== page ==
How do you stop harassing collection calls?  You have a couple options.  First of all you can pay the account.  Secondly, if it is a third party collector whose conduct is abusive, you can hire an attorney and bring a lawsuit against them for violation of the Fair Debt Collection Practices Act, but this will likely cost you more money and take many months to resolve.  And thirdly, you can file bankruptcy, which gives you Federal Court protection under the Bankruptcy Code.

If you are receiving abusive, relentless harassing collection calls, please call me to find out if bankruptcy is an option for you.

Will Filing Bankruptcy Affect Your Credit Score?

Will filing bankruptcy affect your credit score?  Yes, but chances are that your credit score is already declining or will be shortly if you are considering filing bankruptcy.  Every missed payment decreases your credit score.  Enlisting in a debt settlement or debt management program has a negative impact on your credit score.  And yes filing bankruptcy will have a negative impact on your credit score.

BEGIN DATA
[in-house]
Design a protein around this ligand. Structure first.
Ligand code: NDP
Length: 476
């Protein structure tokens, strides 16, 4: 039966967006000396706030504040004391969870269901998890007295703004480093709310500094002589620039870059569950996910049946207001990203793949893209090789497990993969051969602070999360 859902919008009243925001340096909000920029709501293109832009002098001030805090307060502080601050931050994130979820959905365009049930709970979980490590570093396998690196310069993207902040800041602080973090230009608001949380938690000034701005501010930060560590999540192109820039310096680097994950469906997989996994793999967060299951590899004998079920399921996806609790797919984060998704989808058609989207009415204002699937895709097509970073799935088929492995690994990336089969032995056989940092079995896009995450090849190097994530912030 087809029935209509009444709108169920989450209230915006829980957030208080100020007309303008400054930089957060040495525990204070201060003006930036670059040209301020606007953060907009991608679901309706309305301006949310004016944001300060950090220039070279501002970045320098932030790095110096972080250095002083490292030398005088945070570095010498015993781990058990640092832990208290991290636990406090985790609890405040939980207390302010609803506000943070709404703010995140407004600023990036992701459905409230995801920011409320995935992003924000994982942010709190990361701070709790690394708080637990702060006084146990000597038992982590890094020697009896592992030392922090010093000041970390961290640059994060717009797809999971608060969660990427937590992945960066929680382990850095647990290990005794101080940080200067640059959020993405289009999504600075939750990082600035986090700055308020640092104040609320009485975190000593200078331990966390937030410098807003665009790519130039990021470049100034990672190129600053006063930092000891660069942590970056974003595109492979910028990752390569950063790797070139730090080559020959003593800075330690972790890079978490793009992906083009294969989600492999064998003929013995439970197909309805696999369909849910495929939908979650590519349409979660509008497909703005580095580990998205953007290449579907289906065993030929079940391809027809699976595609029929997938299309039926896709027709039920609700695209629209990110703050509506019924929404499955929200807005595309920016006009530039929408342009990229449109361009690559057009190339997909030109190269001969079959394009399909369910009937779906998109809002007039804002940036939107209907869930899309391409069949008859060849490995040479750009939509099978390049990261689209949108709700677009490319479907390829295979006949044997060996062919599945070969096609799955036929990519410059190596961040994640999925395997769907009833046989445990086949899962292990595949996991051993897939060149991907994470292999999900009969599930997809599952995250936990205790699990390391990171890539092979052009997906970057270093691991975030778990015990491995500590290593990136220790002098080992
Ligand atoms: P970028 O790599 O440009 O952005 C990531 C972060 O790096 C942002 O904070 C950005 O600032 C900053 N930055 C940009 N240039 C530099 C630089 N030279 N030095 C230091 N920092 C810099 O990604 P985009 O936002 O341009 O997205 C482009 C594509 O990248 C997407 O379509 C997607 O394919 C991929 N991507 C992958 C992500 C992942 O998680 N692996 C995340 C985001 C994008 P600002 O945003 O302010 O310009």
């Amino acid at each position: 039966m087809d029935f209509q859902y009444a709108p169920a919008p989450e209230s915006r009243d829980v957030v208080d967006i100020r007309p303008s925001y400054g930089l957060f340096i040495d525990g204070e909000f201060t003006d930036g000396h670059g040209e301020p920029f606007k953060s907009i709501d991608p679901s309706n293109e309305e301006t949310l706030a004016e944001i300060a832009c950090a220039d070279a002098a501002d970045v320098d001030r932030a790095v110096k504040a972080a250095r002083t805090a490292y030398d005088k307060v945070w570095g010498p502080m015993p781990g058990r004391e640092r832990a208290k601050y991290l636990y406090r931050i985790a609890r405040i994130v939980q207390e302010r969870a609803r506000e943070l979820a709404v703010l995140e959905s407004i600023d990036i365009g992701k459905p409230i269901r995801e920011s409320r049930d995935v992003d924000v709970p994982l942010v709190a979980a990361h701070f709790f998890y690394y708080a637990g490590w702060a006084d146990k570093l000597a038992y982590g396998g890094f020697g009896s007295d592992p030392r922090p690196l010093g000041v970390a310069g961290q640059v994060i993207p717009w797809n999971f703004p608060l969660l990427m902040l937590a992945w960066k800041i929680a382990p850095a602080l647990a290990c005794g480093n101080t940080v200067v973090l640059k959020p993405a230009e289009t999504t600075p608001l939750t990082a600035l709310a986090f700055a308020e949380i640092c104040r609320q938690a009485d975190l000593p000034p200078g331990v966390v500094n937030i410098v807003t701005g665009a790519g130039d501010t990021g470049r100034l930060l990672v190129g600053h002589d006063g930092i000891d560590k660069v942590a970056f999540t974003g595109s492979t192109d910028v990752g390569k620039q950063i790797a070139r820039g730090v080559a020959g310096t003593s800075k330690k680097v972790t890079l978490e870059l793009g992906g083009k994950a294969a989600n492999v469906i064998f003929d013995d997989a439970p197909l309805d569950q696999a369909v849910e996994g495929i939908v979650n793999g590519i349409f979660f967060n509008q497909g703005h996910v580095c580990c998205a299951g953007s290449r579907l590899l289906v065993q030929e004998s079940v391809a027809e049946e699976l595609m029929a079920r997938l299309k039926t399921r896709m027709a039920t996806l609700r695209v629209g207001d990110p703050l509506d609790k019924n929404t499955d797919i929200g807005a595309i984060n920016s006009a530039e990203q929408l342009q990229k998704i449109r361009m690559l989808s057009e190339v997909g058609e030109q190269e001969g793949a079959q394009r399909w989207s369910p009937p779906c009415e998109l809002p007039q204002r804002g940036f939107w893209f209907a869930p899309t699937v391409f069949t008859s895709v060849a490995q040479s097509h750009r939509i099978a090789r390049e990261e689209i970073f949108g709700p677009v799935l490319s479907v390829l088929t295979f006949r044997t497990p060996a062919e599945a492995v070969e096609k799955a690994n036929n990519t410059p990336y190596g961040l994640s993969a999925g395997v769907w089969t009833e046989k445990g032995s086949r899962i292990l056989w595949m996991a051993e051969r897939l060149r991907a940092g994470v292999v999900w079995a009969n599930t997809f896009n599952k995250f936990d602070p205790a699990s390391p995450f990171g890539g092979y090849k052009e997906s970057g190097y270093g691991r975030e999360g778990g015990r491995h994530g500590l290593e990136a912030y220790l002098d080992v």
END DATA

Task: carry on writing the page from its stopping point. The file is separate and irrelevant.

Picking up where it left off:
Will filing bankruptcy affect your credit score forever?  That all depends on what you do following bankruptcy.  Your credit worthiness, which is what your credit score is supposed to reflect, will improve to some degree because you will have discharged a significant amount of debt.  Your debt to income ratio will improve after filing bankruptcy.  Your actions following bankruptcy will determine how soon your credit score recovers.

Keep in mind that it is primarily the creditors that you obtain loans from or have a charge account with that normally report to the credit bureaus.  Making timely payments on existing loans that you have reaffirmed, like car loans, will help to improve your credit score.  Obtaining new credit, within reason and that is manageable, and paying off the balances on time will improve your credit score.  There is no magic formula for how soon or when your credit score rebounds because it all depends upon what you do personally with your financial life after you have filed bankruptcy.

History is an important part of how your credit score is determined.  Establishing good financial practices over time will improve your credit score.  Establishing a savings plan to pay for unexpected expenses or to purchase something that is needed will help you avoid the tendency to rely credit.  Learning from past mistakes and avoiding the temptation to rely on credit to make ends meet will serve you well in the future and help you improve your credit score.  Will filing bankruptcy affect your credit score – Yes, but in the long run the affects may be positive.